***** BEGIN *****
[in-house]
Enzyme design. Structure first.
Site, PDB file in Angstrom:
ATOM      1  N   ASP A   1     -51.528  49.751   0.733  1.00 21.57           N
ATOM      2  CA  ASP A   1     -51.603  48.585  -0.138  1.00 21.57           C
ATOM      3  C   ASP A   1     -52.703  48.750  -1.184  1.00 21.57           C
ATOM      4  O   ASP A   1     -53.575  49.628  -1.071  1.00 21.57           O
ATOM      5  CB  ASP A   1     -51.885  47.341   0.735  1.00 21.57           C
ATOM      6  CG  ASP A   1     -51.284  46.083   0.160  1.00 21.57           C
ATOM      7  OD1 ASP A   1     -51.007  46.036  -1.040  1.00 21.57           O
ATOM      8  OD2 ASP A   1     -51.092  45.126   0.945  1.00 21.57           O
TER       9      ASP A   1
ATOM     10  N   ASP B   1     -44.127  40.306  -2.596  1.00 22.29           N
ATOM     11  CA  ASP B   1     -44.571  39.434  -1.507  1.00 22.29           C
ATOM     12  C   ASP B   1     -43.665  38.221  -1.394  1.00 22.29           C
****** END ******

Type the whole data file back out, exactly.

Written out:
[in-house]
Enzyme design. Structure first.
Site, PDB file in Angstrom:
ATOM      1  N   ASP A   1     -51.528  49.751   0.733  1.00 21.57           N
ATOM      2  CA  ASP A   1     -51.603  48.585  -0.138  1.00 21.57           C
ATOM      3  C   ASP A   1     -52.703  48.750  -1.184  1.00 21.57           C
ATOM      4  O   ASP A   1     -53.575  49.628  -1.071  1.00 21.57           O
ATOM      5  CB  ASP A   1     -51.885  47.341   0.735  1.00 21.57           C
ATOM      6  CG  ASP A   1     -51.284  46.083   0.160  1.00 21.57           C
ATOM      7  OD1 ASP A   1     -51.007  46.036  -1.040  1.00 21.57           O
ATOM      8  OD2 ASP A   1     -51.092  45.126   0.945  1.00 21.57           O
TER       9      ASP A   1
ATOM     10  N   ASP B   1     -44.127  40.306  -2.596  1.00 22.29           N
ATOM     11  CA  ASP B   1     -44.571  39.434  -1.507  1.00 22.29           C
ATOM     12  C   ASP B   1     -43.665  38.221  -1.394  1.00 22.29           C